EEOC Issues Guidance on Religious Discrimination

The EEOC has issued a new compliance manual section on religious discrimination under Title VII.  A summary, contained in a question and answer format, is reprinted below.  

You may already know that Title VII requires employers to make reasonable accommodations to their employees' religious practices.  What you may not realize, but what has long been evident from case law, is that the burden on an employer is relatively light.  An employer can refuse to provide a reasonable accommodation if it would pose an "undue hardship."  And undue hardship may be shown if the accommodation would impose “more than de minimis cost” on the operation of the employer’s business.  As the new compliance manual section recognizes, "the employer’s showing of undue hardship under Title VII is easier than under the ADA," though the burden of persuasion is still on the employer. 

The U.S. Equal Employment Opportunity Commission

Questions and Answers: Religious Discrimination in the Workplace


Title VII of the Civil Rights Act of 1964 prohibits employers with at least 15 employees, as well as employment agencies and unions, from discriminating in employment based on race, color, religion, sex, and national origin. It also prohibits retaliation against persons who complain of discrimination or participate in an EEO investigation. With respect to religion, Title VII prohibits:

treating applicants or employees differently based on their religious beliefs or practices - or lack thereof - in any aspect of employment, including recruitment, hiring, assignments, discipline, promotion, and benefits (disparate treatment);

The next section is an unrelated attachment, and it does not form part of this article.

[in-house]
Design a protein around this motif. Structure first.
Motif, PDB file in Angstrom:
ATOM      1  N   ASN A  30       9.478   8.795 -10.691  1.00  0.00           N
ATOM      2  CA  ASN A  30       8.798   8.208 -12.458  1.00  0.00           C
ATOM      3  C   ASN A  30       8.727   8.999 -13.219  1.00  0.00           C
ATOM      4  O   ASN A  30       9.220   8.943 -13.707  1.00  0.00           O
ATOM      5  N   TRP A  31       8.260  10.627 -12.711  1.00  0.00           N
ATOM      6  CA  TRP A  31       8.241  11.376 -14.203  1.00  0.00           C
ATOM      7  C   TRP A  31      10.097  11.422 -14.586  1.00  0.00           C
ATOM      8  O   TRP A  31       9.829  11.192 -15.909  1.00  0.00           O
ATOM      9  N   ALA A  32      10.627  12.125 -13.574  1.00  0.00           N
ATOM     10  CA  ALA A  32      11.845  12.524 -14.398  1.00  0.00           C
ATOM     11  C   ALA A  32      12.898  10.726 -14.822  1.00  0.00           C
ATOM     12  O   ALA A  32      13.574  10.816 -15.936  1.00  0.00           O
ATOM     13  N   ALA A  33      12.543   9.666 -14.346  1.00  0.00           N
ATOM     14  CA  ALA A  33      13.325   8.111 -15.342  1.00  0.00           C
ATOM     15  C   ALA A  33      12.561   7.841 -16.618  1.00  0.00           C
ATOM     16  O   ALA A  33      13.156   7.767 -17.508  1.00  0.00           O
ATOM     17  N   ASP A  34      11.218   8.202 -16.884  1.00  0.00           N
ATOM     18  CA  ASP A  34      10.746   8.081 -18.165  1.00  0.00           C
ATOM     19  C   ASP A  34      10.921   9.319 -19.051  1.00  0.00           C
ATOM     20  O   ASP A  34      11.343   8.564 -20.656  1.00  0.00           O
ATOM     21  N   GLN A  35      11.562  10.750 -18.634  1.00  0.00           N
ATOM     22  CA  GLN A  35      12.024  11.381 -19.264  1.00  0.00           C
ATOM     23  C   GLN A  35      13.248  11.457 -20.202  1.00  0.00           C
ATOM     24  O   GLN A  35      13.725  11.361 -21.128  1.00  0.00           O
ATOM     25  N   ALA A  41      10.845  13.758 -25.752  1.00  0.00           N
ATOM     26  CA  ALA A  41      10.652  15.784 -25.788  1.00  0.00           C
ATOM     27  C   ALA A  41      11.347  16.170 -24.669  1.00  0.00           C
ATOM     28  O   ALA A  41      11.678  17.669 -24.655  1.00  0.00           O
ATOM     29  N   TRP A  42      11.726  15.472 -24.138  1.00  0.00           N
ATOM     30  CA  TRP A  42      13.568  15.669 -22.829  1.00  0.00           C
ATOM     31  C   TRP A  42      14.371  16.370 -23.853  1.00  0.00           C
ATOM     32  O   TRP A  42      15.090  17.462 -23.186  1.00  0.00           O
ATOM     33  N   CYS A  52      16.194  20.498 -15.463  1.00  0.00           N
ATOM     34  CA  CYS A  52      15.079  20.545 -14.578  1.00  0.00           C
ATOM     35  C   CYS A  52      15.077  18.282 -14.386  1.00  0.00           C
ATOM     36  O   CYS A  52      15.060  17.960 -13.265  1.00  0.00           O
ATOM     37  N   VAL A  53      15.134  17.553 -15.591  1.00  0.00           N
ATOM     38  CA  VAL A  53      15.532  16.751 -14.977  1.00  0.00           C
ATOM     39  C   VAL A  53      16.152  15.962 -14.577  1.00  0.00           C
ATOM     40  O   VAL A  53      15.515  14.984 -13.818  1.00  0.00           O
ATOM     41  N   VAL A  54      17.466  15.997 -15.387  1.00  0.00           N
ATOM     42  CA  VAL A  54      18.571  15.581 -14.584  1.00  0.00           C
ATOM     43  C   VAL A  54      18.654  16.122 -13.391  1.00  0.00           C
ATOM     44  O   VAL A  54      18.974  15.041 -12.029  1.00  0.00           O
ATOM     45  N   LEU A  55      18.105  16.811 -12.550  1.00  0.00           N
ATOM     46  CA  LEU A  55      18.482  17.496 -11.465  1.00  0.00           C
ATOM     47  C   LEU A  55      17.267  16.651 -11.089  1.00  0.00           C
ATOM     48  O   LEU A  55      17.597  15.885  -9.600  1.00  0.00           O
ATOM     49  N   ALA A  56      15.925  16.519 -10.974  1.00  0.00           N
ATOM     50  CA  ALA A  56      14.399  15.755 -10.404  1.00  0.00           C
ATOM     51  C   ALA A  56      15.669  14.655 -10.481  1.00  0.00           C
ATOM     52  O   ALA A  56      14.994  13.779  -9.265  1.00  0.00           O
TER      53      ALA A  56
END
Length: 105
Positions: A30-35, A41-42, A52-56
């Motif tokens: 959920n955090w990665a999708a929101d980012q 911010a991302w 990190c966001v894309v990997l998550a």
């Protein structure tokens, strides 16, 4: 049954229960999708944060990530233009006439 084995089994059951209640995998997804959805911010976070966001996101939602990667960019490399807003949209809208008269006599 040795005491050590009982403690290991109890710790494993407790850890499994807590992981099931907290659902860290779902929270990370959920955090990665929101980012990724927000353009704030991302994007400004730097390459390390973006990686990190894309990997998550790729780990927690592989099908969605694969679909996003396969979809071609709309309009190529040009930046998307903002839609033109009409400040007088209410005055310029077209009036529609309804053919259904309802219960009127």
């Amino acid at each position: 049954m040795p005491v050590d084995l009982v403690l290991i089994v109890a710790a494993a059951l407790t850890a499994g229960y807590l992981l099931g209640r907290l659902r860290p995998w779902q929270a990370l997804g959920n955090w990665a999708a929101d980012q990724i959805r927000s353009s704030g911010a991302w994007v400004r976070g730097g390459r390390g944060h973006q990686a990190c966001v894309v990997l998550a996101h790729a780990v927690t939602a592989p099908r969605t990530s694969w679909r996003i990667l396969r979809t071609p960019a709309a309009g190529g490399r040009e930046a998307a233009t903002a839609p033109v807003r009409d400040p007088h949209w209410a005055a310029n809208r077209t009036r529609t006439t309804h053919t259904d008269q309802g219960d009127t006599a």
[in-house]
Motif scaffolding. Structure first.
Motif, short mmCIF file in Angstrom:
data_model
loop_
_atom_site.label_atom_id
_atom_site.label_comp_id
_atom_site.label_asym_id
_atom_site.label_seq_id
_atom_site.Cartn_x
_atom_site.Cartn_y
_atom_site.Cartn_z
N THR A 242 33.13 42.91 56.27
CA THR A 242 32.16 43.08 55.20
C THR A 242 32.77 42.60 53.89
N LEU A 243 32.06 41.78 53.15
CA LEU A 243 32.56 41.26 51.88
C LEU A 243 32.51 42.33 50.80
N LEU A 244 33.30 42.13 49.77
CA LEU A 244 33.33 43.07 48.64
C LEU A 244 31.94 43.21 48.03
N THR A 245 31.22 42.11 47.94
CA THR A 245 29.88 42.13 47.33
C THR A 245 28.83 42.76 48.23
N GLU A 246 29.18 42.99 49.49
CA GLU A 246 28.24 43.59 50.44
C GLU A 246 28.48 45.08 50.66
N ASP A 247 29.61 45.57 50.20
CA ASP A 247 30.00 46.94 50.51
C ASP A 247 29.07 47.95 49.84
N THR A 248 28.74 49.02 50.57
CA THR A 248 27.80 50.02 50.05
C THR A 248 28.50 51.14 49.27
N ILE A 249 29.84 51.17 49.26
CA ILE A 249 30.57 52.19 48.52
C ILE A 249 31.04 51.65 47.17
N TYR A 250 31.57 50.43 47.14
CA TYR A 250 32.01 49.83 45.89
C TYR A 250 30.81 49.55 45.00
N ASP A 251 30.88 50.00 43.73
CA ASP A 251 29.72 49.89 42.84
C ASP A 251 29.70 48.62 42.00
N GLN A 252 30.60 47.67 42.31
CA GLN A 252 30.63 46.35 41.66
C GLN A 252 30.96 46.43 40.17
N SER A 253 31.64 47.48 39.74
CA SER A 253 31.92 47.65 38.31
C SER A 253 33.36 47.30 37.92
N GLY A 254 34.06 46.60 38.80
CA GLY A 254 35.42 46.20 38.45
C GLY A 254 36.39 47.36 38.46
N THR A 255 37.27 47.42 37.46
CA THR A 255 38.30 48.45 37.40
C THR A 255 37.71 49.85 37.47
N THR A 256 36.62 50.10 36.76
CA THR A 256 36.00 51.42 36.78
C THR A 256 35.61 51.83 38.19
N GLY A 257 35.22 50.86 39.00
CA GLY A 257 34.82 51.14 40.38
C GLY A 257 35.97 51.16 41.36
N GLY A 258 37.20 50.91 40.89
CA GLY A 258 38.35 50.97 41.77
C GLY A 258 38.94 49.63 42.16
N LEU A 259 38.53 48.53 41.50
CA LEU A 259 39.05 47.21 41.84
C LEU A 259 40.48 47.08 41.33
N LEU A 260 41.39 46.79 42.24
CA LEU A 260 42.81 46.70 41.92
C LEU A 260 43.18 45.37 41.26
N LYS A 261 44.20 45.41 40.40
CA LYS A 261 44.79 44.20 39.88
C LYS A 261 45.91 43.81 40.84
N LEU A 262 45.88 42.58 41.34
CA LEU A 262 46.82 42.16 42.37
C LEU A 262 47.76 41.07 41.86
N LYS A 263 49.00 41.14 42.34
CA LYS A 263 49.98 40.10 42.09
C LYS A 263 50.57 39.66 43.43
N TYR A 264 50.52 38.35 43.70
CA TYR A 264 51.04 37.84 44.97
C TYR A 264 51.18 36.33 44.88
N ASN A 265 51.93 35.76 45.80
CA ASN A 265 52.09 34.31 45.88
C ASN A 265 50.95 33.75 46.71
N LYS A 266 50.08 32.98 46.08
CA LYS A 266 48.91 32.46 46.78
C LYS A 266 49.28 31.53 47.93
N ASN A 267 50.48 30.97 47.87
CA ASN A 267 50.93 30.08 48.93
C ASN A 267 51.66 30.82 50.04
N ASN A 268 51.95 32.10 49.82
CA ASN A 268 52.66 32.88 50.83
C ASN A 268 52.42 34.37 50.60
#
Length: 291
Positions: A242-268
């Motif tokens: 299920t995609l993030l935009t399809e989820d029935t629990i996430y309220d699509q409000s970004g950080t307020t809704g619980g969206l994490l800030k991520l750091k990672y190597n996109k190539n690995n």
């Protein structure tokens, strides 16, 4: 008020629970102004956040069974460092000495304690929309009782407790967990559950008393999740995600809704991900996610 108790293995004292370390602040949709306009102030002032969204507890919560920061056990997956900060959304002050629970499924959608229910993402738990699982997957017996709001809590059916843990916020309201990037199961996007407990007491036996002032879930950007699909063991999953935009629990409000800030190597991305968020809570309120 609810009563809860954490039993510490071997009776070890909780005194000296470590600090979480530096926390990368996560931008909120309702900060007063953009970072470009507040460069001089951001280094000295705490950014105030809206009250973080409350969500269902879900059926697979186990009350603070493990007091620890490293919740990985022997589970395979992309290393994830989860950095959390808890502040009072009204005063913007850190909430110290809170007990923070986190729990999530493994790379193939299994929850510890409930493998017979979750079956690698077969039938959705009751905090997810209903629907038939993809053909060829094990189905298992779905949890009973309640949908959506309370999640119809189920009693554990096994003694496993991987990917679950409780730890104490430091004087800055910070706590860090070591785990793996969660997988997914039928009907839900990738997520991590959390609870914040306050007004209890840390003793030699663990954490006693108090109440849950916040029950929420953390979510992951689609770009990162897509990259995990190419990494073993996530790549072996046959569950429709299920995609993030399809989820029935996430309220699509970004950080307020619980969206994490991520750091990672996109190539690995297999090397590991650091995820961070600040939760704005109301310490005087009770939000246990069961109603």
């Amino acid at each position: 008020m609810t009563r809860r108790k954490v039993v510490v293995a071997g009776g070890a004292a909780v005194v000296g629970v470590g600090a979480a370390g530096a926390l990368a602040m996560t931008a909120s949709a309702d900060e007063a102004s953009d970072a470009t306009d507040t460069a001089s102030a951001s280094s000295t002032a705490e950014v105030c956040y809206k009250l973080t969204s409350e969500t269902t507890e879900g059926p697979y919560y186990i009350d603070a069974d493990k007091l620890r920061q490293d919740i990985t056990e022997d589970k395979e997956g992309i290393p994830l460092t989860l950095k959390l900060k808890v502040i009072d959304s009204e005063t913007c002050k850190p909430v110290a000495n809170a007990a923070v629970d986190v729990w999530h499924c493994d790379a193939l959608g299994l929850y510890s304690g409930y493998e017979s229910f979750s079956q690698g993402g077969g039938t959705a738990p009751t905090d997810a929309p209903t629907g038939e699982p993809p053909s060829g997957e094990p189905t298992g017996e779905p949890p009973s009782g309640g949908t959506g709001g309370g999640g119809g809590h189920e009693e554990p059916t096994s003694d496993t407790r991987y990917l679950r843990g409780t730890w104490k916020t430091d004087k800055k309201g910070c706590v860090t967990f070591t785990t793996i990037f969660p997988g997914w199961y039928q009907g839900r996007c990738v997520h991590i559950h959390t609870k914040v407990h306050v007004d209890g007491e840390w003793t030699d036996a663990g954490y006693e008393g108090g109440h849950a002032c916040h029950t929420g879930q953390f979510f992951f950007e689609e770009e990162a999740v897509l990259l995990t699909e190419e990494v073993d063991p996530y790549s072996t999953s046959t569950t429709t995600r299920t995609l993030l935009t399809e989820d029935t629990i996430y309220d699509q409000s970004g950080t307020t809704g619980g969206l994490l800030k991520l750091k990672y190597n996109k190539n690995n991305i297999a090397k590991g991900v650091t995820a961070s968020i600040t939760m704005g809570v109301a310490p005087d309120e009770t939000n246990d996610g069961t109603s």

subjecting employees to harassment because of their religious beliefs or practices - or lack thereof - or because of the religious practices or beliefs of people with whom they associate (e.g., relatives, friends, etc.);

denying a requested reasonable accommodation of an applicant's or employee's sincerely held religious beliefs or practices - or lack thereof - if an accommodation will not impose more than a de minimis cost or burden on business operations; 1 and,

retaliating against an applicant or employee who has engaged in protected activity, including participation (e.g., filing an EEO charge or testifying as a witness in someone else's EEO matter), or opposition to religious discrimination (e.g., complaining to human resources department about alleged religious discrimination).

The following questions and answers were adapted from EEOC's Compliance Manual Section on Religious Discrimination, available at http://www.eeoc.gov/policy/docs/religion.html, which contains more detailed guidance, legal citations, case examples, and best practices. It is designed to be a practical resource for employers, employees, practitioners, and EEOC enforcement staff on Title VII's prohibition against religious discrimination, and provides guidance on how to balance the needs of individuals in a diverse religious climate.

1. What is "religion" under Title VII?

Title VII protects all aspects of religious observance and practice as well as belief and defines religion very broadly for purposes of determining what the law covers. For purposes of Title VII, religion includes not only traditional, organized religions such as Christianity, Judaism, Islam, Hinduism, and Buddhism, but also religious beliefs that are new, uncommon, not part of a formal church or sect, only subscribed to by a small number of people, or that seem illogical or unreasonable to others. An employee's belief or practice can be "religious" under Title VII even if the employee is affiliated with a religious group that does not espouse or recognize that individual's belief or practice, or if few - or no - other people adhere to it. Title VII's protections also extend to those who are discriminated against or need accommodation because they profess no religious beliefs.

 

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